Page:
|On the west side of Zangle Cove is the low bank sandy beach where the geoduck operator wants to lease tideland for another farm on Zangle Cove. This beach has been traditionally used for water activities and recreation.|
|This photo shows the pristine nature of the east side of Zangle Cove. The largest farm exists in the area of the background of the photo.
Other property owners have stated an intention to lease their tidelands for commercial geoduck farming.
|Geoduck operators market commercial farming to property owners who have viable tideland. They do this through phone calls and neighborhood meetings hosted by owners who intend to sign leases.
The geoduck operator we spoke to claimed he did not need a substantial development permit for this activity.
|What do property owners get?
There are two main inducements for the property owners:
1) Promise of financial gain without any effort other than leasing the property.
2) Assurance that the geoduck farming is good for the environment because geoducks "clean" the water. This is stated as fact by the geoduck operator.
It is a seductive proposition. However the operators can offer no environmental impact studies on this type of commercial aquaculture in the intertidal zone.
|Many residents on Zangle Cove do not want to see these commercial businesses on our tidelands. However, the geoduck operators, if they could, would farm the entire Cove. Property owners with farms have yelled at beach walkers to get away from their property, because it is a "business."
Do we want our privately owned tidelands throughout Puget Sound to become an industrial zone?
|Will the semi-permanent PVC pipe structure change the patterns of waves and sediment deposits? Will it affect the temperature of the water? Will it change the ecosystem of the cove? Will these structures and the harvest activities affect salmon spawning here? These are questions that have not been answered.|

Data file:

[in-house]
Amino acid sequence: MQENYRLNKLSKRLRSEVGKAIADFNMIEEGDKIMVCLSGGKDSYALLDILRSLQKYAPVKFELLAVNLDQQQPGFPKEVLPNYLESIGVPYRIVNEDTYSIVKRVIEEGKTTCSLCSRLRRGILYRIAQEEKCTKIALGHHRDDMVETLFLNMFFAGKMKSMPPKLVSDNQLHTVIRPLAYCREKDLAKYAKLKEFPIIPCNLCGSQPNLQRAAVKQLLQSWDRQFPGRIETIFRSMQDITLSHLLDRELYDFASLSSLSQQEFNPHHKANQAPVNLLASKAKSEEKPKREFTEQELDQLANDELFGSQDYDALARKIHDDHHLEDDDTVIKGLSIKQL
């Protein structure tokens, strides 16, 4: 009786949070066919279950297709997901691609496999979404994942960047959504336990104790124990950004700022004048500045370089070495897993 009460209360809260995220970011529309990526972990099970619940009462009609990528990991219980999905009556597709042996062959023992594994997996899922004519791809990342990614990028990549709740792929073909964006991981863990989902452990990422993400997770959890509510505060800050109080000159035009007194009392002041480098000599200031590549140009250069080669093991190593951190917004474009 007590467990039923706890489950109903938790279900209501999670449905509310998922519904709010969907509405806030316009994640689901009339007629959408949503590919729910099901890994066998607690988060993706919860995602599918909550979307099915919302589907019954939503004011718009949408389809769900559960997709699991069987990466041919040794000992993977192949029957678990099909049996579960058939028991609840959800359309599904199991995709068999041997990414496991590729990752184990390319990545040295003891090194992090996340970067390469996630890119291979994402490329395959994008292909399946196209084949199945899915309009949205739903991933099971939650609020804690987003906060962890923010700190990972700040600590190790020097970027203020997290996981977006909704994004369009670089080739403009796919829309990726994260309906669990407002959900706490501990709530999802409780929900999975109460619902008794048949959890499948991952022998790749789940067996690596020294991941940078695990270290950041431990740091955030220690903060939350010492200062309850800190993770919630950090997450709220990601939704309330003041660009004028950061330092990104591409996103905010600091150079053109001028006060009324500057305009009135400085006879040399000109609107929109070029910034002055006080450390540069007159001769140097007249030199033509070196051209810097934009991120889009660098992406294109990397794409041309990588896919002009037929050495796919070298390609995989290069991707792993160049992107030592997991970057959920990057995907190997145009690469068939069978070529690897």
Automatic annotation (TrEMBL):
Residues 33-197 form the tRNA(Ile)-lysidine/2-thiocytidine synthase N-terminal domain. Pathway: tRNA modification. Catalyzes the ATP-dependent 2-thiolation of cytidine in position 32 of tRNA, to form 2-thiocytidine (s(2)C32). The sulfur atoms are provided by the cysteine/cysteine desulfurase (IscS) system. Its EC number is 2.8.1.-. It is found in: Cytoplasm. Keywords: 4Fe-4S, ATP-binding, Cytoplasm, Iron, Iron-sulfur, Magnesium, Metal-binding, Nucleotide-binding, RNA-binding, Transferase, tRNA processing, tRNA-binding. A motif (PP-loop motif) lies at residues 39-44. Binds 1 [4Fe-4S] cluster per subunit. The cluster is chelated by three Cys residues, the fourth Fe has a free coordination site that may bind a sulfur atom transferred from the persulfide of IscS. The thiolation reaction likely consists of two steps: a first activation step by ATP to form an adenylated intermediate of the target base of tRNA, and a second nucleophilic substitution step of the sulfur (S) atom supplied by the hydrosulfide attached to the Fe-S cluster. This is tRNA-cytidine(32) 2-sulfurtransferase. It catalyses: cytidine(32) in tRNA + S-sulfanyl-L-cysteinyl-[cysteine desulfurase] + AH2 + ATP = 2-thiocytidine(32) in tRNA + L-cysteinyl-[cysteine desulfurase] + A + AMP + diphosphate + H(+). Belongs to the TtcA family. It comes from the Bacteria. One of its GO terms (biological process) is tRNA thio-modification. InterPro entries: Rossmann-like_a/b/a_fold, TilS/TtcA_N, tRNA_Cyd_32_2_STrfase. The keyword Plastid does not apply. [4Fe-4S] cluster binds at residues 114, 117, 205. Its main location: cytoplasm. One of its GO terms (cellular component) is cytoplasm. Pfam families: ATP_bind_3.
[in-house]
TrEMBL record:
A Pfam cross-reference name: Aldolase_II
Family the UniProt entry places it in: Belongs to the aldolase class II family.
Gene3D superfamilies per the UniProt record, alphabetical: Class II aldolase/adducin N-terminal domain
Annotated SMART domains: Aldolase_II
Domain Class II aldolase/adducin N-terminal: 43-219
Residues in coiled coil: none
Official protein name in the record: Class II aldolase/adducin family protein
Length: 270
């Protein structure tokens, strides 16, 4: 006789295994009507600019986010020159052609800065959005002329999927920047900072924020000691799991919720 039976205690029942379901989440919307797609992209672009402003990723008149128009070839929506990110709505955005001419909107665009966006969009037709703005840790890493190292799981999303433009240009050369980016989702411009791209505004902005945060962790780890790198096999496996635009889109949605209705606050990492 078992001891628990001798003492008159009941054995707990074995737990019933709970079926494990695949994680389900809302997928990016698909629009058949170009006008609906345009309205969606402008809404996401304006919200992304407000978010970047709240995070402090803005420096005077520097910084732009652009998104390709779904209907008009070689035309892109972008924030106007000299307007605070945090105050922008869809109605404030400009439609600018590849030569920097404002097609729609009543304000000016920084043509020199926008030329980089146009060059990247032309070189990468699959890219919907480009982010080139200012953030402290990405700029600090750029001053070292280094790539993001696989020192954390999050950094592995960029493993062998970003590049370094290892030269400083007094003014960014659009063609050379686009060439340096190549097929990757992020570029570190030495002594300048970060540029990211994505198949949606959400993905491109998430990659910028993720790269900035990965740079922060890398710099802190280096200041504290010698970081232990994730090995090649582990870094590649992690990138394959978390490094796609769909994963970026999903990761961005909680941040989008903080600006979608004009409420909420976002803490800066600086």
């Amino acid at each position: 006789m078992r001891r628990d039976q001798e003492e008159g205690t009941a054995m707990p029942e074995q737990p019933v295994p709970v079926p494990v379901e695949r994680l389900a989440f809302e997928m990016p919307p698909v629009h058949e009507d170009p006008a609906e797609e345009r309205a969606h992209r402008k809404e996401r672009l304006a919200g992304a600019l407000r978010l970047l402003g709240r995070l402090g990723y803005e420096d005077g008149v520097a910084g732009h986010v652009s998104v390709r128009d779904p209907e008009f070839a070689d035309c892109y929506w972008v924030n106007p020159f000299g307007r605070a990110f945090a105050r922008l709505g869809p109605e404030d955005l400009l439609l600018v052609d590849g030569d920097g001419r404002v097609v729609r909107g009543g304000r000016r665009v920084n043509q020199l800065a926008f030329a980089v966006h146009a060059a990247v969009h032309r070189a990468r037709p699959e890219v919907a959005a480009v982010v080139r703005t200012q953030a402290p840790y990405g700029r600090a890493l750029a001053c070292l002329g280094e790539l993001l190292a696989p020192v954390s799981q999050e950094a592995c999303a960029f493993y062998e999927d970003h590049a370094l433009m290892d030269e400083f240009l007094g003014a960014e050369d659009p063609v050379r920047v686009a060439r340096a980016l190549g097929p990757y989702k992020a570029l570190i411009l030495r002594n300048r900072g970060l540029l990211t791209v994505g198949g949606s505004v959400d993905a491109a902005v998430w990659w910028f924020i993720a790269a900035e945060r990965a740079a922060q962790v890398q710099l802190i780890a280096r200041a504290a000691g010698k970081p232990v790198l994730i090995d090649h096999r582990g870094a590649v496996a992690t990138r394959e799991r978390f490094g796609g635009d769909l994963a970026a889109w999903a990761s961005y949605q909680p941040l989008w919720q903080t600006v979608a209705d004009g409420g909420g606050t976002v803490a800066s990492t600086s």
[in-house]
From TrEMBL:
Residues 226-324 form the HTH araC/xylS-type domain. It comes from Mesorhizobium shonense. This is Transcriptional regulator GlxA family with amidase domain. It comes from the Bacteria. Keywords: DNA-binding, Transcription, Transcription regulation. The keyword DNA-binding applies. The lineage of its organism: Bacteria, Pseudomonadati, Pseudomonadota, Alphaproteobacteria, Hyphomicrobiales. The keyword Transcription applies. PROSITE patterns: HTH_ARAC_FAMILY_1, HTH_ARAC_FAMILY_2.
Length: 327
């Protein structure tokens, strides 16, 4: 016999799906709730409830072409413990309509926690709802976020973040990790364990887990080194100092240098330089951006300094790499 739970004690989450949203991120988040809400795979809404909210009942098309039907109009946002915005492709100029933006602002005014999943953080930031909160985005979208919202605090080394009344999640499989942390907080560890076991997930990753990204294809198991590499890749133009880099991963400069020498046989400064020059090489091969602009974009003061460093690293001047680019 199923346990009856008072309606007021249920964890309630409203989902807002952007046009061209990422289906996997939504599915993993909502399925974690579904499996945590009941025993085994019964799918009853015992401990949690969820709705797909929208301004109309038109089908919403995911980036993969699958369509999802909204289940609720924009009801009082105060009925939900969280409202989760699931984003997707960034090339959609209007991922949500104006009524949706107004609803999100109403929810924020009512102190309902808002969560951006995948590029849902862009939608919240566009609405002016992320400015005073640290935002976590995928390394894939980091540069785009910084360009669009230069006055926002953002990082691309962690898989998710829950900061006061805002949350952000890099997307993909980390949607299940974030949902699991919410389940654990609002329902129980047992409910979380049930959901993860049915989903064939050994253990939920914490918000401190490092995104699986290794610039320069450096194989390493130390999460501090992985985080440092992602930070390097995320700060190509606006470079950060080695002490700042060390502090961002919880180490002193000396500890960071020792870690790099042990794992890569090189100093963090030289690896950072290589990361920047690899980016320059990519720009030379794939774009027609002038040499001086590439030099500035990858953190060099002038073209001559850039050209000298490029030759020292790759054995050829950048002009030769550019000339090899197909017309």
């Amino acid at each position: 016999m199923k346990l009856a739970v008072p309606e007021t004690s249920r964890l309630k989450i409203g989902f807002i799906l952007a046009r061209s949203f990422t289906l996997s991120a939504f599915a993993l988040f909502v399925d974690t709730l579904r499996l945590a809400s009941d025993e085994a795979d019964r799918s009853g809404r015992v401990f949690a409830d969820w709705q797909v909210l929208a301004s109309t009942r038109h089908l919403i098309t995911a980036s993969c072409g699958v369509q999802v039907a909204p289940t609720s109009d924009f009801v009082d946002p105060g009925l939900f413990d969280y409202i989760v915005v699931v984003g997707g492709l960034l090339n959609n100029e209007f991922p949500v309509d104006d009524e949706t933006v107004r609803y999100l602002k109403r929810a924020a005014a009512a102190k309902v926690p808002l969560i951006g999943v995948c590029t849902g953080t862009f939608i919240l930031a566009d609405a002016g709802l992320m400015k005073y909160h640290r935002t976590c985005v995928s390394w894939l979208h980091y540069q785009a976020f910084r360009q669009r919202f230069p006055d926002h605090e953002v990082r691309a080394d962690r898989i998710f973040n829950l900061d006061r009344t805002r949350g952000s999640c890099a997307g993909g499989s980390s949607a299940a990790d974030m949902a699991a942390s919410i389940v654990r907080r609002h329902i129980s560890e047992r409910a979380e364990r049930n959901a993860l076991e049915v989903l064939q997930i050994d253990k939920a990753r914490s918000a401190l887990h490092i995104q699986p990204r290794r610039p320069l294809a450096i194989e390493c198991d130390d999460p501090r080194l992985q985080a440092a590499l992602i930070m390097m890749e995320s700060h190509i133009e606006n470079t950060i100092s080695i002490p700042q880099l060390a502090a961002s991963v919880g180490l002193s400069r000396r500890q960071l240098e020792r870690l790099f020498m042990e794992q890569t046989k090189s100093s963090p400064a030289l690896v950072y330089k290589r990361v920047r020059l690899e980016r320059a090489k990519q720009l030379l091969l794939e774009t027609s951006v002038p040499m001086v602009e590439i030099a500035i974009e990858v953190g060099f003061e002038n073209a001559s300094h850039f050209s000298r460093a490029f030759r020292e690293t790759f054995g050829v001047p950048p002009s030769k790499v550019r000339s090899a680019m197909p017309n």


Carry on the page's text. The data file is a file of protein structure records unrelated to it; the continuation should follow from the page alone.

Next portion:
Harvesting the Geoduck
After about 4 years, depending on the market, the geoducks are harvested using hand-held water jets that pump 50 gallons to the minute to liquefy the substrate in order to easily extract the geoducks. Because approximately three seed geoducks are planted per square foot, we can assume there are in excess of 43,500 geoducks per acre and that the harvest will liquefy and drastically disturb entire areas of the intertidal zone. Geoduck operators claim that after a few tides everything goes back to the way it was before. However, they concede that they harvest all the native geoducks and other animals that are saleable. Since there is an ecological balance on the tideland between all species, we question what effect this disturbance has on the other creatures in the intertidal zone and nearshore.
If it were only one farm, it might be overlooked, but operators are seeking to farm entire areas, including low bank sandy beach areas that have rural residential populations with historically high use of the beach for surface water activities.
Leases for geoduck farming can be for as long 12 years. This would calculate to 3-4 harvests. We have been told by a geoduck operator that the market is demanding smaller less expensive geoducks, which means more frequent harvests. Operators ask for leases with the potential for indefinite extension of the lease. Even though the PVC pipes are removed after about 18 months, the PVC forest would be replanted for a new crop after harvest, making it a semi-permanent structure.
Filtering the Water?
The shellfish industry asserts that geoduck farming is good for Puget Sound because geoducks filter massive amounts of water. However, in an article entitled Hood Canal Low Dissolved Oxygen Preliminary Assessment and Corrective Action Plan, May 6, 2004, the Puget Sound Action Team states that:
|In Hood Canal, we realize that healthy shoreline populations of shellfish can only filter a "strip" of nearshore water that is mostly "healthy" with adequate oxygen. No doubt the shellfish are filtering great quantities of water and assisting in removal of excess plankton, but they cannot extend their influence to filter large volumes of off-shore water. However, geoduck populations exist to depths exceeding 100 feet and may help to some extent. Page 38.|
Questions Not Answered
We have many questions which have not been answered.
We are not aware of any environmental impact study related to the intertidal zone farming and harvesting geoducks. There was an EIS written by the Department of Natural Resources for the harvest of native geoducks on state subtidal land, but farming and harvest on the intertidal zone seems to have gone under the radar.